Office vacancy soon to rise as more large companies accept work-from-home norm
Office vacancy in Amsterdam is already rising, and experts expect the rest of the Netherlands to follow suit as more large companies accept that work-from-home is here to stay. They think the total office space will decrease by 20 to 30 percent in the coming years, predicting that the change will be less dramatic than in the United States, the Financieele Dagblad reported.
After the coronavirus pandemic, hybrid working and work-from-home have become routine for many large companies and groups, especially in the financial services and IT companies. As a result, employers are considering cutting back their square meters. “All large companies are working on this. An empty office is visible and painful,” Erik Langengs, director of capital markets at CBRE, told FD.
ING and Aegon, among others, have already made significant cuts to their office space. Nationally, this hasn’t yet led to an increase in vacancies. But in Amsterdam, usually, the trendsetter when it comes to the property market in the Netherlands, the vacancy rate has risen from 3.2 percent a few years ago to 6.5 percent, CBRE said.
In American cities like Los Angeles and New York, office vacancy has risen rapidly since the pandemic, with vacancy rates approaching 30 percent. The experts FD spoke to doubt that this will also happen in the Netherlands.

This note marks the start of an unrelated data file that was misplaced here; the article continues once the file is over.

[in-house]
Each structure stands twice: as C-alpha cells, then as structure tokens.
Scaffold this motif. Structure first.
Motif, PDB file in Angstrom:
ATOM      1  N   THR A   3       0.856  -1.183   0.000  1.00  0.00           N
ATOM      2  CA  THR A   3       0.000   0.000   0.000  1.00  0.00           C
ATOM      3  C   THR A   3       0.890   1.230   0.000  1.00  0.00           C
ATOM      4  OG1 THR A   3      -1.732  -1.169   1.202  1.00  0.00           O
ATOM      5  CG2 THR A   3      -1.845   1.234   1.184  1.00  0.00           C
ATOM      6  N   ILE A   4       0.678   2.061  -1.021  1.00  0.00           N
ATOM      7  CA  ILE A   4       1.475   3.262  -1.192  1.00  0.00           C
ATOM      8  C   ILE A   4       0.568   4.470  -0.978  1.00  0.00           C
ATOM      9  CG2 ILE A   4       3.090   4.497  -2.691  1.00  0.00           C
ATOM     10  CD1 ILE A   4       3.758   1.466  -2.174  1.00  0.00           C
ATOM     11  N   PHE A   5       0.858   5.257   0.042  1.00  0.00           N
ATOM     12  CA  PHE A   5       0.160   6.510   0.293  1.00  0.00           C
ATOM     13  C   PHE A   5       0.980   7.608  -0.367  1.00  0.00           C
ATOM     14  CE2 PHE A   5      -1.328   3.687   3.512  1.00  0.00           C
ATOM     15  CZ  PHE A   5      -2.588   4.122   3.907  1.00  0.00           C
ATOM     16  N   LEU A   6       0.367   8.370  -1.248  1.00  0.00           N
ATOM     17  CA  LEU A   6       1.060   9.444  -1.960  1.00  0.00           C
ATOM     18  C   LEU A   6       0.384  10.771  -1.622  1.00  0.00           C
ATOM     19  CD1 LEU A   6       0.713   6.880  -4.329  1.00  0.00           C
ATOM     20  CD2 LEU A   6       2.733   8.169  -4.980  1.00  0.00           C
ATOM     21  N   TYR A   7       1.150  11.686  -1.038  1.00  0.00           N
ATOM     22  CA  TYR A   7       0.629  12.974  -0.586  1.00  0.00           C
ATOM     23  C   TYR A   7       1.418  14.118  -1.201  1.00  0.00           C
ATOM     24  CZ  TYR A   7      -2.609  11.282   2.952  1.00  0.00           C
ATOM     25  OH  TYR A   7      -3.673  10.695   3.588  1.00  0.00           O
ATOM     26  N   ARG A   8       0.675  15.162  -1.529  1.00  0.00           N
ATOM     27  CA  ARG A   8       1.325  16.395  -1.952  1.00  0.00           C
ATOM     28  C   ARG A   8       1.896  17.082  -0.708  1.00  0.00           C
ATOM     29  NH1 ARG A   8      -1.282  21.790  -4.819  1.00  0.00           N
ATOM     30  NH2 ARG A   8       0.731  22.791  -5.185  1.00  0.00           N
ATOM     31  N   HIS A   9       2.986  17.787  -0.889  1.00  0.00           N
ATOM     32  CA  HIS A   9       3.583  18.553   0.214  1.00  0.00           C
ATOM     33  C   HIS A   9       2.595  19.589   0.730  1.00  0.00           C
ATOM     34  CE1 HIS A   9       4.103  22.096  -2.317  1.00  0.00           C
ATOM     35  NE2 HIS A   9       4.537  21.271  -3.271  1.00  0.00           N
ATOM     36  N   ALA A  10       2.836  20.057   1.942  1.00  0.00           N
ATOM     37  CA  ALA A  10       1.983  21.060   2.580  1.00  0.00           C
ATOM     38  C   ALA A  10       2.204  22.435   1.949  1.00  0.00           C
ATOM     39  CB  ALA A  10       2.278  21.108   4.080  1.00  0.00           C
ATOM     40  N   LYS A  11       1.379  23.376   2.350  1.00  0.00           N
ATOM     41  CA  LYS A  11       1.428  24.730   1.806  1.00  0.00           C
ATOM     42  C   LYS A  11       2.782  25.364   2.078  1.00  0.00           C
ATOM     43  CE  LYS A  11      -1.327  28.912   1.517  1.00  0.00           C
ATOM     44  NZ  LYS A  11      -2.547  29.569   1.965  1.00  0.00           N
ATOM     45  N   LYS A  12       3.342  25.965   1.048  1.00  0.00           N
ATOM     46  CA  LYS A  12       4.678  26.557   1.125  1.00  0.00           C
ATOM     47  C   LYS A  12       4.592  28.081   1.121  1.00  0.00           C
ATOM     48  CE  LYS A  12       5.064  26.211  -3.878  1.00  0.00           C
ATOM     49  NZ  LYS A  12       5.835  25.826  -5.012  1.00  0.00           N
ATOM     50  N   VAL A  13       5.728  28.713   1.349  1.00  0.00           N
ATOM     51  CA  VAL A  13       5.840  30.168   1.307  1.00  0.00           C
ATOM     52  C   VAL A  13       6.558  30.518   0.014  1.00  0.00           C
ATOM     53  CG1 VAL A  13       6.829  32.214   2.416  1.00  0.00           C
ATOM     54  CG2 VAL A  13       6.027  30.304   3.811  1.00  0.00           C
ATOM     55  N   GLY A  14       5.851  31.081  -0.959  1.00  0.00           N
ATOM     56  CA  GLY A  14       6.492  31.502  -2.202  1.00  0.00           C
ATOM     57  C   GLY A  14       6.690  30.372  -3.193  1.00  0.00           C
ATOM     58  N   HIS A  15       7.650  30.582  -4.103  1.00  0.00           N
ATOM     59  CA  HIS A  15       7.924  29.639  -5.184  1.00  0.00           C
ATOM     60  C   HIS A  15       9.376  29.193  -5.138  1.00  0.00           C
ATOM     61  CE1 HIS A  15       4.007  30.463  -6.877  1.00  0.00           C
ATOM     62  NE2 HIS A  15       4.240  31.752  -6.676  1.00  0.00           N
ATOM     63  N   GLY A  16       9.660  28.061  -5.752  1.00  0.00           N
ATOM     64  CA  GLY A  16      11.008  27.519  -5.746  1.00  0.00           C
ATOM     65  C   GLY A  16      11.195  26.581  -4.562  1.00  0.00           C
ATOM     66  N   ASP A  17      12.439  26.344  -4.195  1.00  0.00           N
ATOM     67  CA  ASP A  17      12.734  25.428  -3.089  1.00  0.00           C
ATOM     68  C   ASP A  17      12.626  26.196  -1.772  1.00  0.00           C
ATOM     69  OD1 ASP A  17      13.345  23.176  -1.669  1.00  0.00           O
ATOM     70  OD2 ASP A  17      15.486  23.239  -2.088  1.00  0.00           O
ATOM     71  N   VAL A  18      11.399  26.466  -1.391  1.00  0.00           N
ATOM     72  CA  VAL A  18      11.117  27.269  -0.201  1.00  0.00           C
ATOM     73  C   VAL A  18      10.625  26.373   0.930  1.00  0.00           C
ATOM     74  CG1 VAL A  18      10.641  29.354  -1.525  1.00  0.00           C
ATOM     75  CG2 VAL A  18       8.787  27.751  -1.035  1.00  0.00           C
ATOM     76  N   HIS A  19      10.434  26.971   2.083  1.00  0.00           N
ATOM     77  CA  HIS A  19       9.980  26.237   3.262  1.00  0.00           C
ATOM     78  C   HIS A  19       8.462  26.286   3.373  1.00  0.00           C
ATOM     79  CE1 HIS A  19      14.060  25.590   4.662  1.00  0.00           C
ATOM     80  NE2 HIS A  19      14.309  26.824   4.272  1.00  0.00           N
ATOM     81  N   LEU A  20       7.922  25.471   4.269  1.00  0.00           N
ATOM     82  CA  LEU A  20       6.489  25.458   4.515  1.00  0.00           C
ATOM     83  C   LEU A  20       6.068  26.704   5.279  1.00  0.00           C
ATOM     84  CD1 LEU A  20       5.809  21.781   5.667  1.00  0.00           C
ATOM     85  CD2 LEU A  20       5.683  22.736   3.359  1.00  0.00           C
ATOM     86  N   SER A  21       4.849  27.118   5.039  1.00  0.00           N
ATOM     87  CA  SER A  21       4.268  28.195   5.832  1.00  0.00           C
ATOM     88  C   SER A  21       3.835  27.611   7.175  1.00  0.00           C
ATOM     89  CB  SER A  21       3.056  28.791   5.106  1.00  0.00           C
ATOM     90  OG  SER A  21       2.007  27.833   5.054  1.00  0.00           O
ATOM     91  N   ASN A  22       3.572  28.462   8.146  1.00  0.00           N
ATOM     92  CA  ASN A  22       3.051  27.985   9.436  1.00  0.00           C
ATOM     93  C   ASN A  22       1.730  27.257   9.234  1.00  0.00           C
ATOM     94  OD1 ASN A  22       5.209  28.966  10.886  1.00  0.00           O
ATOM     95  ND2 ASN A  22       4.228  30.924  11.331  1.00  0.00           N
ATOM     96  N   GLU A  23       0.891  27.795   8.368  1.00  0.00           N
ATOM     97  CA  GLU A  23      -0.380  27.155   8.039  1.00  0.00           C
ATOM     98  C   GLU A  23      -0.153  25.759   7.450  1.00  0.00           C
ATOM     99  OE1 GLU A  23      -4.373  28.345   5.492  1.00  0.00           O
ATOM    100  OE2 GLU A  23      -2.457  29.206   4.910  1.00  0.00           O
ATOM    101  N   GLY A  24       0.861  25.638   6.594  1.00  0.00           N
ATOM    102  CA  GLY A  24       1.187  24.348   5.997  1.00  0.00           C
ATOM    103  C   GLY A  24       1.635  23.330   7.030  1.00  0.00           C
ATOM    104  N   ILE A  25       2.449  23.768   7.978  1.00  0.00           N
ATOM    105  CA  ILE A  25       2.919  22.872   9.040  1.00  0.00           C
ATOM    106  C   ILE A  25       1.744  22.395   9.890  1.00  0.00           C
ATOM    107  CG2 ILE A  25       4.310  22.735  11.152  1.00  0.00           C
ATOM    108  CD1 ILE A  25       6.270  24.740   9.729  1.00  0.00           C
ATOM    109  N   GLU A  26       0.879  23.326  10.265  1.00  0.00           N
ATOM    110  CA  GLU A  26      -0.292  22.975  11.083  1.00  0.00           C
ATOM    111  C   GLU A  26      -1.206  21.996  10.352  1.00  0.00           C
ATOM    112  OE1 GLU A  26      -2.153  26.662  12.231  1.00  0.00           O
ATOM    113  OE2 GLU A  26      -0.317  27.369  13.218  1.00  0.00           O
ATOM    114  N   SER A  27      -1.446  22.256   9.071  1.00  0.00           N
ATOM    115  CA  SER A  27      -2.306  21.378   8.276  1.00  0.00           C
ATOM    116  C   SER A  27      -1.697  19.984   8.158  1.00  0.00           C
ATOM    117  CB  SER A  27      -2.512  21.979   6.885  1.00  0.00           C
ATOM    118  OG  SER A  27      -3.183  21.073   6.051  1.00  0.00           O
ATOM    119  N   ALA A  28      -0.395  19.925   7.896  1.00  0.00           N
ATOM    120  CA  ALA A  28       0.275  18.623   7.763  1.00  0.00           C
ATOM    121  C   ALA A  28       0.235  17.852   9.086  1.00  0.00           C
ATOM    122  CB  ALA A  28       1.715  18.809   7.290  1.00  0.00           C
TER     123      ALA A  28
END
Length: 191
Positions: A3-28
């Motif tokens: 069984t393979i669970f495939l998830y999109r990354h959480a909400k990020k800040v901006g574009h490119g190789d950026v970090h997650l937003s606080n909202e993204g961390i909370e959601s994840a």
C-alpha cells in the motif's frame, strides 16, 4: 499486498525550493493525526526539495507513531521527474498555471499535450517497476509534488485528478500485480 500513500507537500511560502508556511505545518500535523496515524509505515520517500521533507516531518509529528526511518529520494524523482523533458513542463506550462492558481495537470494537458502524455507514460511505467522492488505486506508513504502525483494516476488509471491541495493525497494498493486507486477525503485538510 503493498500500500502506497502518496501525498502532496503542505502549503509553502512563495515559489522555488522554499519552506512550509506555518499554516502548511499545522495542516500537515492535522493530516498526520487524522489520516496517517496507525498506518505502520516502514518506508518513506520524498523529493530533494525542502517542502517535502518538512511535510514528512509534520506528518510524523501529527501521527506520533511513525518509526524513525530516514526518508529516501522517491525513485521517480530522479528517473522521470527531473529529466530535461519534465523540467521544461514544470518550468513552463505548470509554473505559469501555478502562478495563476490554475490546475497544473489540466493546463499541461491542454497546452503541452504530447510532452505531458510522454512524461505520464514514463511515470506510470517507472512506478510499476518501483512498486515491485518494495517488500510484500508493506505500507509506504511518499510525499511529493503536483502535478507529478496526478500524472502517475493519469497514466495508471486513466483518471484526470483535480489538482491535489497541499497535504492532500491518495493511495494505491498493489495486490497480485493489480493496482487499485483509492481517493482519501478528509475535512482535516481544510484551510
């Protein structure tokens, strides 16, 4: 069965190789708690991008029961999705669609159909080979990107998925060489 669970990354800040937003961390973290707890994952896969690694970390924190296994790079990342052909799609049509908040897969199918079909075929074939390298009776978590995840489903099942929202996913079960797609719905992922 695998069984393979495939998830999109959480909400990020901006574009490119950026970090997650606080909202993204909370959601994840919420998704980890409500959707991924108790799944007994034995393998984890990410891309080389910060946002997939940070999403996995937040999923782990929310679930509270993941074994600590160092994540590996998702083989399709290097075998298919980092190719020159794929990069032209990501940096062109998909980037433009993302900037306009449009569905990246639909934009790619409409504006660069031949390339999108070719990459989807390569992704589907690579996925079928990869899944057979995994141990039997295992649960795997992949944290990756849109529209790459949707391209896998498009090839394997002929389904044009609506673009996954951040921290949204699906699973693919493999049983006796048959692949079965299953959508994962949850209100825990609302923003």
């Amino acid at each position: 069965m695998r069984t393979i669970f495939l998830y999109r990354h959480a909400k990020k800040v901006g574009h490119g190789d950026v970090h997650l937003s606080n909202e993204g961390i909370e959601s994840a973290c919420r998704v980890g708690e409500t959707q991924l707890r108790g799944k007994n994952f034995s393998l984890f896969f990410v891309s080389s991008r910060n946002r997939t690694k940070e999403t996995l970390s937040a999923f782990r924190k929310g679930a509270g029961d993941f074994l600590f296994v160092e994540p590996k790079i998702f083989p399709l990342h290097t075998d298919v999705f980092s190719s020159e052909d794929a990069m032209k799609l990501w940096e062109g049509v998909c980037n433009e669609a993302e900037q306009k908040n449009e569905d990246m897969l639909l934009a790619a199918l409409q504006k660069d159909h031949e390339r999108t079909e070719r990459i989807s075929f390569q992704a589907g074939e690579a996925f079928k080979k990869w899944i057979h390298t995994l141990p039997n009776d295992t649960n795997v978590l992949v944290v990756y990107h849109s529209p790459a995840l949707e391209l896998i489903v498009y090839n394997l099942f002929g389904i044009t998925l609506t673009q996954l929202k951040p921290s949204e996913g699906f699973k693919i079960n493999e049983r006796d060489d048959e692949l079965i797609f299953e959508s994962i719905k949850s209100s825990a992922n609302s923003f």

There are some fundamental differences between the situation in the U.S. and the Netherlands, Dirk Brounen, professor of real estate at Tilburg Univerity, said to the newspaper. The commute is much longer in the U.S., for example. And the country built many more office buildings in recent years than the Netherlands did.
But the Netherlands won’t be unaffected, Harold Coenders of real estate advisor Colliers said. He expects up to 30 percent of office space will disappear based on the occupancy rate. Currently, large companies only use about 60 percent of the office floor, even on peak days, he said. “It will be step by step, not in one fell swoop in like in the U.S. But working from home will have a substantial impact here,’ he said.
Lnagens of CBRE expects a 20 percent reduction in office space.